Sadiq Khan Takes First Steps To Close The Gender Pay Gap

The self-proclaimed feminist mayor is making changes.


Sadiq Khan, having proclaimed himself a 'proud feminist' during his campaign for London mayor, has today taken steps towards closing the gender pay gap in London. 

The labour party mayor has proven his left-wing progressive views before, to the great support of London. During the first few weeks of his mayoralty, Khan appointed three out of four major positions to women. 

Now, he has made public the results of an internal study into gender pay inequality across the Greater London Authority group. 


The study found that there is an inequality between the sexes of 4.6 per cent within City Hall- something that Khan has pledged to eradicate by launching an action plan across the Greater London Authority empire. 

The Metropolitan Police, Transport for London and The London Fire Brigade have all been encouraged by the mayor to produce their own reports and action plans, should the reports reveal a gender pay gap. 

Sadiq Khan took part in the 'Walk in Her Shoes' alongside Annie Lennox in March this year.

The pay gap for full time London workers outside of City hall, is 11.9 per cent, and across the rest of the UK, the figure is more like 19.1 per cent. 

He said 'I want to do all I can to ensure women have the same opportunities as men in London so that their hard work and talent is fully and fairly recognised by employers.'

'It is unacceptable that in London, one of the world's greatest and most progressive cities, someone's pay and career prospects can still be defined by their gender.' 

Khan's 'leading by example' approach shows that he is pretty committed to actually acting upon the promises he made the people of London during his bid for mayor. 

'I am determined to make the GLA a model employer that removes any barriers to women by adopting the highest possible standards for fair pay, good working conditions and gender equality.'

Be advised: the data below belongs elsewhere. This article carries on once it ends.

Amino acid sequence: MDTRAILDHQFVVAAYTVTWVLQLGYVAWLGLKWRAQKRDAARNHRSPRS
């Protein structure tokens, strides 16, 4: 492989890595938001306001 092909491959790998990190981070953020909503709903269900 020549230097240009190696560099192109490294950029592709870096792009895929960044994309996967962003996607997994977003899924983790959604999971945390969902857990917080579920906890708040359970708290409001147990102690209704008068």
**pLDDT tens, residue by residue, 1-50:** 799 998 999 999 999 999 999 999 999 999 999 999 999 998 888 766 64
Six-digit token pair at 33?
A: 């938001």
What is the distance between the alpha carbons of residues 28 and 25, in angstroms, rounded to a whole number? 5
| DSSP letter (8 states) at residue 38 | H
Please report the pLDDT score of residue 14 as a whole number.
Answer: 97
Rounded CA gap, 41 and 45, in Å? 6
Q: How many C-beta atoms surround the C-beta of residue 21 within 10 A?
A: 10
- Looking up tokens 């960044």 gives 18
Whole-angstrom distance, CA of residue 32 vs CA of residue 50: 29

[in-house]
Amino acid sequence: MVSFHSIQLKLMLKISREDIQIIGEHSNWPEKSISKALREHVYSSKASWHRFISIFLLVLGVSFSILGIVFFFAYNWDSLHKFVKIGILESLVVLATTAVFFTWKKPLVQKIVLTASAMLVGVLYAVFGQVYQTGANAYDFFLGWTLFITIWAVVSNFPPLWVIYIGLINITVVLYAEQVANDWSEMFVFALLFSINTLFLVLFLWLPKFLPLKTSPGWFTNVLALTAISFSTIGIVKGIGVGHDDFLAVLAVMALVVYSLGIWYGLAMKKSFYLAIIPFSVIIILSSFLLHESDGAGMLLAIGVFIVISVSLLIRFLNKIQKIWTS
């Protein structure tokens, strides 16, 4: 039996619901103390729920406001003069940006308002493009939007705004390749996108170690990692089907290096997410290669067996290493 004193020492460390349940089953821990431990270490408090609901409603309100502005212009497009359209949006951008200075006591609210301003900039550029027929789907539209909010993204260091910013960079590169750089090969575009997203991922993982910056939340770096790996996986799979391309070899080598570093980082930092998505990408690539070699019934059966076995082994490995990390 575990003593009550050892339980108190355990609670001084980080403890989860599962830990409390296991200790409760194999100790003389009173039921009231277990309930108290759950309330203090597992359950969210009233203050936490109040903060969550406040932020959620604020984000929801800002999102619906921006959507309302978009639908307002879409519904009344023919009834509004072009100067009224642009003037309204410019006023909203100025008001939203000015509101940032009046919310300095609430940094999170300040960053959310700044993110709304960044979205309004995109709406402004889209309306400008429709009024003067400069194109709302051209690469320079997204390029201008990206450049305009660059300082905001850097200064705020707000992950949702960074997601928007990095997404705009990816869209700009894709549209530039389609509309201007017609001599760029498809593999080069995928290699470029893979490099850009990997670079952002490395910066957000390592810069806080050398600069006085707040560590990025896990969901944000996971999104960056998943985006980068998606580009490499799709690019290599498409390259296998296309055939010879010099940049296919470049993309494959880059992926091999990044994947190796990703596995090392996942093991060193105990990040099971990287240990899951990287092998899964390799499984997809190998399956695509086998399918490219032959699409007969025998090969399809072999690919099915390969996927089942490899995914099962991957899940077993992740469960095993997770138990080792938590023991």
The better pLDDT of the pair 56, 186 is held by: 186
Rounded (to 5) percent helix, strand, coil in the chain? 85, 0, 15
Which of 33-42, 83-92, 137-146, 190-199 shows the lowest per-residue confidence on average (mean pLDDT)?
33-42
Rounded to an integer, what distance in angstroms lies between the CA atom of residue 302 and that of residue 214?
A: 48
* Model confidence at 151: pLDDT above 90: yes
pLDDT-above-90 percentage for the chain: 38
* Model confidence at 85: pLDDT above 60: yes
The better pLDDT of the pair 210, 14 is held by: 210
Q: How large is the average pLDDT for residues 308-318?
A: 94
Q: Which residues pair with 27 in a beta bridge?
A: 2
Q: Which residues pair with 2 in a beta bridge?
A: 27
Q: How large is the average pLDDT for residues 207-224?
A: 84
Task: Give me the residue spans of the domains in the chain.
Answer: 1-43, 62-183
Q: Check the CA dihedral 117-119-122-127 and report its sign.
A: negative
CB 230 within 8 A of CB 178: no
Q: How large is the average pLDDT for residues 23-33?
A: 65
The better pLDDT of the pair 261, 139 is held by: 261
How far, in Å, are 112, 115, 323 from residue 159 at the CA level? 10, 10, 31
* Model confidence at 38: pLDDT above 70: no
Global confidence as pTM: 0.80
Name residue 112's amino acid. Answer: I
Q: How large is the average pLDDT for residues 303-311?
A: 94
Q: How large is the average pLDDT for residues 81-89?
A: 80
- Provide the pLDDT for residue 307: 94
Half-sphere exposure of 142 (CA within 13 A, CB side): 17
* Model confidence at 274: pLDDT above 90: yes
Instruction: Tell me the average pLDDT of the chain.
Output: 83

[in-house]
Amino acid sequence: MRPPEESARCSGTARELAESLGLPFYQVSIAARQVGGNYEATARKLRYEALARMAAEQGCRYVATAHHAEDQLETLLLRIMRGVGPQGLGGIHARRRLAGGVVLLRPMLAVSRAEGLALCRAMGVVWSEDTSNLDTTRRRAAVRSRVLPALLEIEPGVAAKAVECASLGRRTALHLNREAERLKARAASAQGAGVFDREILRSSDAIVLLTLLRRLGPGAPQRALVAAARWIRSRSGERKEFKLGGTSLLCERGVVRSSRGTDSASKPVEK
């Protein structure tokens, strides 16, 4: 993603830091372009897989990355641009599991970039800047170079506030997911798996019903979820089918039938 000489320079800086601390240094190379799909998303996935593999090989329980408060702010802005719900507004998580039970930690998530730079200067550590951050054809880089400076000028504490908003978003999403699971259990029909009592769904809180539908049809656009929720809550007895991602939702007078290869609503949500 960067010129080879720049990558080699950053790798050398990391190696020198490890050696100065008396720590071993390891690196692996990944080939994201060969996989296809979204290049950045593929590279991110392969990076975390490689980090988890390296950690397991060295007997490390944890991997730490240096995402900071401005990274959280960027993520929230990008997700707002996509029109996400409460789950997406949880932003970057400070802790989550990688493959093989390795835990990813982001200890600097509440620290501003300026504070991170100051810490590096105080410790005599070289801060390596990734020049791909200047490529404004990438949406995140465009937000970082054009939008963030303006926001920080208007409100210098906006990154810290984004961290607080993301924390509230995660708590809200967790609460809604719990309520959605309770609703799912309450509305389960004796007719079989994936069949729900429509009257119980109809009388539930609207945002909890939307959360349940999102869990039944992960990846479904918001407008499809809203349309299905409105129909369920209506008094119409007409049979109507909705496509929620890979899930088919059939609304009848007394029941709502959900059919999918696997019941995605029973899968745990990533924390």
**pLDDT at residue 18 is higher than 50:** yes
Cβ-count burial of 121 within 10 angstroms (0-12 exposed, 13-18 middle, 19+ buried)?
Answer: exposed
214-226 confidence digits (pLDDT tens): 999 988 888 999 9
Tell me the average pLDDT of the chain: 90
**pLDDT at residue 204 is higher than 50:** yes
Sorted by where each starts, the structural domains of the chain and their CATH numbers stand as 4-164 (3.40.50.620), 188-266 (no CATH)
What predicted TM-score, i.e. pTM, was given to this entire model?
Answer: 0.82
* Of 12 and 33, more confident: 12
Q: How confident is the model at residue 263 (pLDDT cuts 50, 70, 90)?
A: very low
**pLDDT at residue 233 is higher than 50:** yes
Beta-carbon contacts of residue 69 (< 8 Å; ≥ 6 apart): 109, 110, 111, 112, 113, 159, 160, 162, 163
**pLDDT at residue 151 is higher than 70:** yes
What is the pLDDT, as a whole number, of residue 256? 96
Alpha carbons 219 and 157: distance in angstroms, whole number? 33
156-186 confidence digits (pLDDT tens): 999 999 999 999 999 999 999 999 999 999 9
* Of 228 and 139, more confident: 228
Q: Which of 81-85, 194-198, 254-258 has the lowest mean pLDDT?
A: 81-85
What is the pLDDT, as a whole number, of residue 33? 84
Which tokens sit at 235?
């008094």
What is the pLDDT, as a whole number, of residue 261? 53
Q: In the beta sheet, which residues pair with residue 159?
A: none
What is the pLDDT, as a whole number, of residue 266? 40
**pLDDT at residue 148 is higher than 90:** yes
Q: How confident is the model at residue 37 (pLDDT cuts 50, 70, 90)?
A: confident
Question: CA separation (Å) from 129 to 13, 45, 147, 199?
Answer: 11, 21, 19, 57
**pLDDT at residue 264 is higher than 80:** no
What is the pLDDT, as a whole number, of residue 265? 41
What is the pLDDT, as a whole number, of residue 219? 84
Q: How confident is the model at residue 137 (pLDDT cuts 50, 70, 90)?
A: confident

During his run for mayor, Sadiq Khan called for the London Living Wage to be made £10 an hour, to remain in line with high living costs in London, as a way to rid the city of 'in work poverty'. This poverty particularly affects women, as they often complete part-time jobs in order to manage childcare on the side, but it would seem that even when women are in full time employment in the top sectors, they are paid significantly less than their male counterparts. 

This is the first step towards gender equality in the workplace, as recognised by Sophie Walker, leader of the Women's Equality Party. Walker was pleased that the mayor has released the figures and proposed change, but was acutely aware of the multiplicity of problems that face women in the workplace. 

'Londoners' childcare is a third more expensive than anywhere in the UK and without taking the lack of affordable childcare into account these measures can't be fully successful,' she is quoted in the Standard

'Where's the City Hall creche and childcare support for City Hall employees and where is the investment right across London, where women are more likely than anywhere in the country to be living in poverty and doing low-paid jobs?'

However, it definitely feels like a step in the right direction. When the end goal is achieving total workplace equality, there are lots of elements to consider, and dispelling the gender pay gap is a significant move forward. 

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